Solar, Cities, and SolaBlock

There’s no doubt about it, solar power is booming. The amount of installations built in the United States have been steadily increasing during the past few years. By the end of 2016, 1.4 Gigawatts of PV (photovoltaic) capacity were added to the United States, which is double of what was produced in 2015, giving an overall total of 36 GW of PV power. While solar production has increased overall, it has mostly been in areas with a smaller population density. Research shows that the greater the population density of an area is, the less solar energy is produced. That means cities have a much lower solar output compared to more rural areas.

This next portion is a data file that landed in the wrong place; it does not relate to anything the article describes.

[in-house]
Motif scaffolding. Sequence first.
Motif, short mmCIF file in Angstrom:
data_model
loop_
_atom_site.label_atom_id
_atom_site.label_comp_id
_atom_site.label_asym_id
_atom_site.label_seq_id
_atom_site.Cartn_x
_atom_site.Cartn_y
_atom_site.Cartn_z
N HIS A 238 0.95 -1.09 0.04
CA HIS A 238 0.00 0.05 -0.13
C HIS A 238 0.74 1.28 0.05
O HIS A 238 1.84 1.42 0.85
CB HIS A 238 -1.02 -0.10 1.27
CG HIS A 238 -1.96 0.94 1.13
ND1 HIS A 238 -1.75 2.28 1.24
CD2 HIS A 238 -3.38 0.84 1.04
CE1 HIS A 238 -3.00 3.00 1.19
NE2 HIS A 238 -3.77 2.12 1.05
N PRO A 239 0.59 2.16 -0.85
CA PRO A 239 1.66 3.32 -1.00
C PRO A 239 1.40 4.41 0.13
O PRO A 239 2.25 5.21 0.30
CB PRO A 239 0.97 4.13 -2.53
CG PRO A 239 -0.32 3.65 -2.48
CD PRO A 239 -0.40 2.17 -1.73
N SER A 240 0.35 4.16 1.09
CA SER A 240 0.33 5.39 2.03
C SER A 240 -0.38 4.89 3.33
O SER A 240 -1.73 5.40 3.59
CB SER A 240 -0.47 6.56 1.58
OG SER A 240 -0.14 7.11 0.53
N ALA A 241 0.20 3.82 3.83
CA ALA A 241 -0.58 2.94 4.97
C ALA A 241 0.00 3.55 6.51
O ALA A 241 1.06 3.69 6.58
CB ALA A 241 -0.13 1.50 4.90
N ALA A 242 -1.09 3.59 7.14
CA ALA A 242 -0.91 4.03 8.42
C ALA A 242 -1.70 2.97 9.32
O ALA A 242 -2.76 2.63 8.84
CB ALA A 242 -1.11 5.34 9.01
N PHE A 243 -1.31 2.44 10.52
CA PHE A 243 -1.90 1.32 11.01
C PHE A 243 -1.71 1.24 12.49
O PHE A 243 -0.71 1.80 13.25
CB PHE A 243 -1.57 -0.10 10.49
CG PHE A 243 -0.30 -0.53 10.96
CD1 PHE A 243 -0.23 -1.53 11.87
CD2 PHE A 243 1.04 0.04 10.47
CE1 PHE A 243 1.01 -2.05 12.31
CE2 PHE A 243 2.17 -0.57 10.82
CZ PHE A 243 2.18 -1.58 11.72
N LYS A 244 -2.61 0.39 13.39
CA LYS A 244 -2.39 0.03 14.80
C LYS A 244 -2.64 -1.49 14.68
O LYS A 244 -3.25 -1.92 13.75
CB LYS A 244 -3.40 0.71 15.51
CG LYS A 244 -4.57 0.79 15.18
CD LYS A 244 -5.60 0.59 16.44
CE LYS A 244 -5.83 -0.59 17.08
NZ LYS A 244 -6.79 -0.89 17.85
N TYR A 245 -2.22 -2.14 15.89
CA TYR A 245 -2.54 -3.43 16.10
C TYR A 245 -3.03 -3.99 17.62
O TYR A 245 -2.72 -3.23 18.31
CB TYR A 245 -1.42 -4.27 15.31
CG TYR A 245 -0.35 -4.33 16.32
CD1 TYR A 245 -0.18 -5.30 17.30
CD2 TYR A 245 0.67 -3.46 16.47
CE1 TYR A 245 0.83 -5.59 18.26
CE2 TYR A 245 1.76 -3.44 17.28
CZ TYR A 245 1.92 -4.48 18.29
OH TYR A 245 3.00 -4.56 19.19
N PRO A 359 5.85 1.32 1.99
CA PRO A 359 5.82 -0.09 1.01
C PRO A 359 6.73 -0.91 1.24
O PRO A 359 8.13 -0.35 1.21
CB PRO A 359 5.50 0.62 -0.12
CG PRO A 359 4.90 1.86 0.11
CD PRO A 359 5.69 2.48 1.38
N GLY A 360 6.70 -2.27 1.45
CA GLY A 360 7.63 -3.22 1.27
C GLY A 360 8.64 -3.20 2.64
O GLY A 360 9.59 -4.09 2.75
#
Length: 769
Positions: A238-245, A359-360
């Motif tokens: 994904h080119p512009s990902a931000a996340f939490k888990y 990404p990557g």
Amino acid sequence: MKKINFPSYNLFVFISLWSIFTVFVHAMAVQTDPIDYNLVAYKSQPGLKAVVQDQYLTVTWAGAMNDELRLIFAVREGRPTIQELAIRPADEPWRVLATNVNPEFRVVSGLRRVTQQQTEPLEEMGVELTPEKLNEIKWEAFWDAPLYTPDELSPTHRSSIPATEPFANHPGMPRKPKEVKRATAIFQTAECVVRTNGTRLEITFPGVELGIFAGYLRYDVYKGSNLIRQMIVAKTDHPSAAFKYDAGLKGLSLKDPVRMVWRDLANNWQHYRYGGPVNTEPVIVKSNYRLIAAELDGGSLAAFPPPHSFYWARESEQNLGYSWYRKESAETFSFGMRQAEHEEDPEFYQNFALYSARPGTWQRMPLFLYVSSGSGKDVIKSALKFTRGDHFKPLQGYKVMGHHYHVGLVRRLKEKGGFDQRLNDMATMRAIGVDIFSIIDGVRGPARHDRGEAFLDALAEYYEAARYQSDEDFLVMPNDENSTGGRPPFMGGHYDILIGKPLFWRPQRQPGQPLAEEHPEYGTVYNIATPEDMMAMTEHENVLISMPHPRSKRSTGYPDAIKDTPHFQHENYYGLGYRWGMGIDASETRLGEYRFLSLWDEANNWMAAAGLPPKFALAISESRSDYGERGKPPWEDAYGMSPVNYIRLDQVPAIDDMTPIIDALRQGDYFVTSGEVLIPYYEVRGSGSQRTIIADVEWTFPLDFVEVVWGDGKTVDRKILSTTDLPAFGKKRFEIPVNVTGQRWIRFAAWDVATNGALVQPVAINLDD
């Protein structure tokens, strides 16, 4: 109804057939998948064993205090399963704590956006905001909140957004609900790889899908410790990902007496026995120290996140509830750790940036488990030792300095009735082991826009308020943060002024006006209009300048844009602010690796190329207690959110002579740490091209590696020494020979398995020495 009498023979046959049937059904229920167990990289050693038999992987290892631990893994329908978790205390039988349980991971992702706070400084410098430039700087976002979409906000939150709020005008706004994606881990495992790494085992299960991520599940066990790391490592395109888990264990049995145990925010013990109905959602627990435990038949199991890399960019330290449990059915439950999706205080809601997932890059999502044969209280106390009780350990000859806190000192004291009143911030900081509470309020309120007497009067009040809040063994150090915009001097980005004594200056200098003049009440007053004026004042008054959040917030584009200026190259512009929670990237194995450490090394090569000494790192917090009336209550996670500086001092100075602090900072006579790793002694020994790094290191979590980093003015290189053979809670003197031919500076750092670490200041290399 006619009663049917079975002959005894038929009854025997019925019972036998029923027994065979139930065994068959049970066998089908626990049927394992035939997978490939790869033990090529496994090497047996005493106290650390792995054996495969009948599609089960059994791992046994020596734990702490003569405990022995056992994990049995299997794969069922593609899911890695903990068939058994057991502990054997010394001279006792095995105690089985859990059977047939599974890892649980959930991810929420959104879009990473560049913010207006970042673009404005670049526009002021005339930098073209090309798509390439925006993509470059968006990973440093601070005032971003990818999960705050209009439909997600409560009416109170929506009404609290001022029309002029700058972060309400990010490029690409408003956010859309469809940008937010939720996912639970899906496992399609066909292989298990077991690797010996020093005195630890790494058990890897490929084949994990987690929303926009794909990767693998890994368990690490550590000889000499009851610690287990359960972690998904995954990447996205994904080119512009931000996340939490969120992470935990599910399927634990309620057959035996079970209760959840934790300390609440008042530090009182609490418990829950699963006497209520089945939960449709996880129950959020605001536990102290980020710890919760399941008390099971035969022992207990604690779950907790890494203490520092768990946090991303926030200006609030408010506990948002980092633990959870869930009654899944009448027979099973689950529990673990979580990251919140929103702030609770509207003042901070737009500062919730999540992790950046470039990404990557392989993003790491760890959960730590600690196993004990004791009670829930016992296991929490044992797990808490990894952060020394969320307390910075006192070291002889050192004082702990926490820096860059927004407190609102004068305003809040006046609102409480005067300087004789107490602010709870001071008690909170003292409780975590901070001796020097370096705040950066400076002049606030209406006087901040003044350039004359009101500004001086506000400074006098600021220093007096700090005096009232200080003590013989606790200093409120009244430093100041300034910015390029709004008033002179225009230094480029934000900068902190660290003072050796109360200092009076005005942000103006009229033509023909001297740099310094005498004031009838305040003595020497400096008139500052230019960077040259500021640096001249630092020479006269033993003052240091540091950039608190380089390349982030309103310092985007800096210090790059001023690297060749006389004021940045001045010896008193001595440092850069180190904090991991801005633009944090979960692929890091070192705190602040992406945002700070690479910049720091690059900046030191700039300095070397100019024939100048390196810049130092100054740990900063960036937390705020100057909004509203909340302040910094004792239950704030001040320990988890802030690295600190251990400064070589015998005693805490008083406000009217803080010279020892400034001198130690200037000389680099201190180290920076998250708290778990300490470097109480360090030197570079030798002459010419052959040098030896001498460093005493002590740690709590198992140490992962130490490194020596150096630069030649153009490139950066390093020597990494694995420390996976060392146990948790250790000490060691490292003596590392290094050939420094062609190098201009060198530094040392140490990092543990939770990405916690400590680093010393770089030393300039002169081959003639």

Out of all the cities in the United States, New York City ranked last in PV usage. According to the report below, “Urban U.S. Solar Electric Usage and Population Density” this is due to the lack of available rooftop space, which makes solar panels less effective due to how close in proximity they are to one another. To sum up the report, because of the lack of space in cities, there is less real estate to space out solar panels, whereas in more rural areas the solar panels have the space necessary to work at full capacity.  This is an issue for a multitude of reasons. One, the amount of electricity used to power a city is massive. Two, States have solar incentive programs that aren’t being tapped into. This is partially due to the lack of solar products that would be effective in a city landscape. If solar incentives were tapped into, landlords, business owners, project developers, and tenants could potentially save money, due to tax breaks, and less electricity being consumed.